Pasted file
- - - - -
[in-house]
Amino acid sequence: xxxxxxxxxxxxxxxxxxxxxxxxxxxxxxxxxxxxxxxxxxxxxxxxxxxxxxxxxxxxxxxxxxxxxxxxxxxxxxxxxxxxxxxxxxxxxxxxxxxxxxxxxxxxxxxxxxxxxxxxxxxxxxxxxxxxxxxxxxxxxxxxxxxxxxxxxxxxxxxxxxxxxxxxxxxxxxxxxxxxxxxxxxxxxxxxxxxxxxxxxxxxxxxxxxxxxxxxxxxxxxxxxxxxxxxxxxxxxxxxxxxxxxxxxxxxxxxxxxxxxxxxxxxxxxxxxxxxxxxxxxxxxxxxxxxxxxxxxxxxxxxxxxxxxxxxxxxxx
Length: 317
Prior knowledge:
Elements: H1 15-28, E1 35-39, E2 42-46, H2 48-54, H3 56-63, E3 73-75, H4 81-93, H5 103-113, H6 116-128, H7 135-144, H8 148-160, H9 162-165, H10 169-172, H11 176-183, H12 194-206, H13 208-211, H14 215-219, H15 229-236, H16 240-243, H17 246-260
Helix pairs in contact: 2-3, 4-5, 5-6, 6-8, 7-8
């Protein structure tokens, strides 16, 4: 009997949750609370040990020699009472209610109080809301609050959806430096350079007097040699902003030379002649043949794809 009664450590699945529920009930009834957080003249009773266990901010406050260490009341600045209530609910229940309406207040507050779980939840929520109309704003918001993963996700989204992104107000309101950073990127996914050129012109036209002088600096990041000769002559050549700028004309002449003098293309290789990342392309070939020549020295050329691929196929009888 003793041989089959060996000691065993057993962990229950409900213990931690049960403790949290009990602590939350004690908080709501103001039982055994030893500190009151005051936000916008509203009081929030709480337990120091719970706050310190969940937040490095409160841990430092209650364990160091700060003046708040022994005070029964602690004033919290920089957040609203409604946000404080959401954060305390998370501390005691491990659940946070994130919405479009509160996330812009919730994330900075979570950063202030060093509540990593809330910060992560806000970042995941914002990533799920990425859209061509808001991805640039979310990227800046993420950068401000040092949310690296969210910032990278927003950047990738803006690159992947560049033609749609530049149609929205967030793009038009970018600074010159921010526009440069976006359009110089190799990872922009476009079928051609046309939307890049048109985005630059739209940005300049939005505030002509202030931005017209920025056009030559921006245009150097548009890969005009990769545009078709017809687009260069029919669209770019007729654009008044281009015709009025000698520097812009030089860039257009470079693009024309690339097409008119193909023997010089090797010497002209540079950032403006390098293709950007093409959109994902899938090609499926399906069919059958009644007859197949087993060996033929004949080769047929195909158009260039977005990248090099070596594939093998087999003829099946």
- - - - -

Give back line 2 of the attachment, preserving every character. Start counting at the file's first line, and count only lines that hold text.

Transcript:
Amino acid sequence: xxxxxxxxxxxxxxxxxxxxxxxxxxxxxxxxxxxxxxxxxxxxxxxxxxxxxxxxxxxxxxxxxxxxxxxxxxxxxxxxxxxxxxxxxxxxxxxxxxxxxxxxxxxxxxxxxxxxxxxxxxxxxxxxxxxxxxxxxxxxxxxxxxxxxxxxxxxxxxxxxxxxxxxxxxxxxxxxxxxxxxxxxxxxxxxxxxxxxxxxxxxxxxxxxxxxxxxxxxxxxxxxxxxxxxxxxxxxxxxxxxxxxxxxxxxxxxxxxxxxxxxxxxxxxxxxxxxxxxxxxxxxxxxxxxxxxxxxxxxxxxxxxxxxxxxxxxxxx